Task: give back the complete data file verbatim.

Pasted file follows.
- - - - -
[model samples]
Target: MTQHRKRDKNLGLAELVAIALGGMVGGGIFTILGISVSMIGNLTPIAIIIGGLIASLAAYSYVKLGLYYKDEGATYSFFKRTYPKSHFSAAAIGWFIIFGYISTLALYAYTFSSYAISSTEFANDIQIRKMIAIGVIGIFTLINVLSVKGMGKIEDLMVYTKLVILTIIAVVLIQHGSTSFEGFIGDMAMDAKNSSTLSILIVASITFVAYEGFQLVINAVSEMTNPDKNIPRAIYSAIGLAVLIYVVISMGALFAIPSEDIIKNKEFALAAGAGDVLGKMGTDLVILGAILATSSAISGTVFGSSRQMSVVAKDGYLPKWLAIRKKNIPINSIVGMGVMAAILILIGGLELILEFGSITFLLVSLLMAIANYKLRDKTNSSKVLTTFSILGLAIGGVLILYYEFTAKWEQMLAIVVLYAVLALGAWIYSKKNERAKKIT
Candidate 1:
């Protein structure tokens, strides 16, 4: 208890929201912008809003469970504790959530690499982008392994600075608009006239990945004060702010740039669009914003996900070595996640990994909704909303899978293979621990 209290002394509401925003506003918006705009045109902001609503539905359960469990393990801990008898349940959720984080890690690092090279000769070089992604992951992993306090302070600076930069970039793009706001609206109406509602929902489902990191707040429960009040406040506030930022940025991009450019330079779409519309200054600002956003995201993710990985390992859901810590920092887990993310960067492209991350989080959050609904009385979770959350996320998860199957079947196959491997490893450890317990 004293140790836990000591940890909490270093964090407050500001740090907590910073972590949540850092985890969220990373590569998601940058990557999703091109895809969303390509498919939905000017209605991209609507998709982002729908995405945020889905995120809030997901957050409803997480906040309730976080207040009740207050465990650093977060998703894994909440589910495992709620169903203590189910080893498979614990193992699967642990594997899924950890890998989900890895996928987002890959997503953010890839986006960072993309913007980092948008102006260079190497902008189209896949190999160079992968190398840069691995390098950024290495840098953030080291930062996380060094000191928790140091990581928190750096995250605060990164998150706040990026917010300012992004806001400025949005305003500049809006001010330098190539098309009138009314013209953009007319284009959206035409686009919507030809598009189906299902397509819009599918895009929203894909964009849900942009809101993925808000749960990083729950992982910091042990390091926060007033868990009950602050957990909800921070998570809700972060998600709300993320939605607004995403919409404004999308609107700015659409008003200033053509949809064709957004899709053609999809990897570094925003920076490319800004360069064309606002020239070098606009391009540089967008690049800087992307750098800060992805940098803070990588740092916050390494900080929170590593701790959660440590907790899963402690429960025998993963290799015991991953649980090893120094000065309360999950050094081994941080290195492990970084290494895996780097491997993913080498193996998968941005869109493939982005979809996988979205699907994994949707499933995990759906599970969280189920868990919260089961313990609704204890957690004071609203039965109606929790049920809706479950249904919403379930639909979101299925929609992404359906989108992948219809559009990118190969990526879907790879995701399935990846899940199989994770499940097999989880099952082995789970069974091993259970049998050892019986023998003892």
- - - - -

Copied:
[model samples]
Target: MTQHRKRDKNLGLAELVAIALGGMVGGGIFTILGISVSMIGNLTPIAIIIGGLIASLAAYSYVKLGLYYKDEGATYSFFKRTYPKSHFSAAAIGWFIIFGYISTLALYAYTFSSYAISSTEFANDIQIRKMIAIGVIGIFTLINVLSVKGMGKIEDLMVYTKLVILTIIAVVLIQHGSTSFEGFIGDMAMDAKNSSTLSILIVASITFVAYEGFQLVINAVSEMTNPDKNIPRAIYSAIGLAVLIYVVISMGALFAIPSEDIIKNKEFALAAGAGDVLGKMGTDLVILGAILATSSAISGTVFGSSRQMSVVAKDGYLPKWLAIRKKNIPINSIVGMGVMAAILILIGGLELILEFGSITFLLVSLLMAIANYKLRDKTNSSKVLTTFSILGLAIGGVLILYYEFTAKWEQMLAIVVLYAVLALGAWIYSKKNERAKKIT
Candidate 1:
């Protein structure tokens, strides 16, 4: 208890929201912008809003469970504790959530690499982008392994600075608009006239990945004060702010740039669009914003996900070595996640990994909704909303899978293979621990 209290002394509401925003506003918006705009045109902001609503539905359960469990393990801990008898349940959720984080890690690092090279000769070089992604992951992993306090302070600076930069970039793009706001609206109406509602929902489902990191707040429960009040406040506030930022940025991009450019330079779409519309200054600002956003995201993710990985390992859901810590920092887990993310960067492209991350989080959050609904009385979770959350996320998860199957079947196959491997490893450890317990 004293140790836990000591940890909490270093964090407050500001740090907590910073972590949540850092985890969220990373590569998601940058990557999703091109895809969303390509498919939905000017209605991209609507998709982002729908995405945020889905995120809030997901957050409803997480906040309730976080207040009740207050465990650093977060998703894994909440589910495992709620169903203590189910080893498979614990193992699967642990594997899924950890890998989900890895996928987002890959997503953010890839986006960072993309913007980092948008102006260079190497902008189209896949190999160079992968190398840069691995390098950024290495840098953030080291930062996380060094000191928790140091990581928190750096995250605060990164998150706040990026917010300012992004806001400025949005305003500049809006001010330098190539098309009138009314013209953009007319284009959206035409686009919507030809598009189906299902397509819009599918895009929203894909964009849900942009809101993925808000749960990083729950992982910091042990390091926060007033868990009950602050957990909800921070998570809700972060998600709300993320939605607004995403919409404004999308609107700015659409008003200033053509949809064709957004899709053609999809990897570094925003920076490319800004360069064309606002020239070098606009391009540089967008690049800087992307750098800060992805940098803070990588740092916050390494900080929170590593701790959660440590907790899963402690429960025998993963290799015991991953649980090893120094000065309360999950050094081994941080290195492990970084290494895996780097491997993913080498193996998968941005869109493939982005979809996988979205699907994994949707499933995990759906599970969280189920868990919260089961313990609704204890957690004071609203039965109606929790049920809706479950249904919403379930639909979101299925929609992404359906989108992948219809559009990118190969990526879907790879995701399935990846899940199989994770499940097999989880099952082995789970069974091993259970049998050892019986023998003892």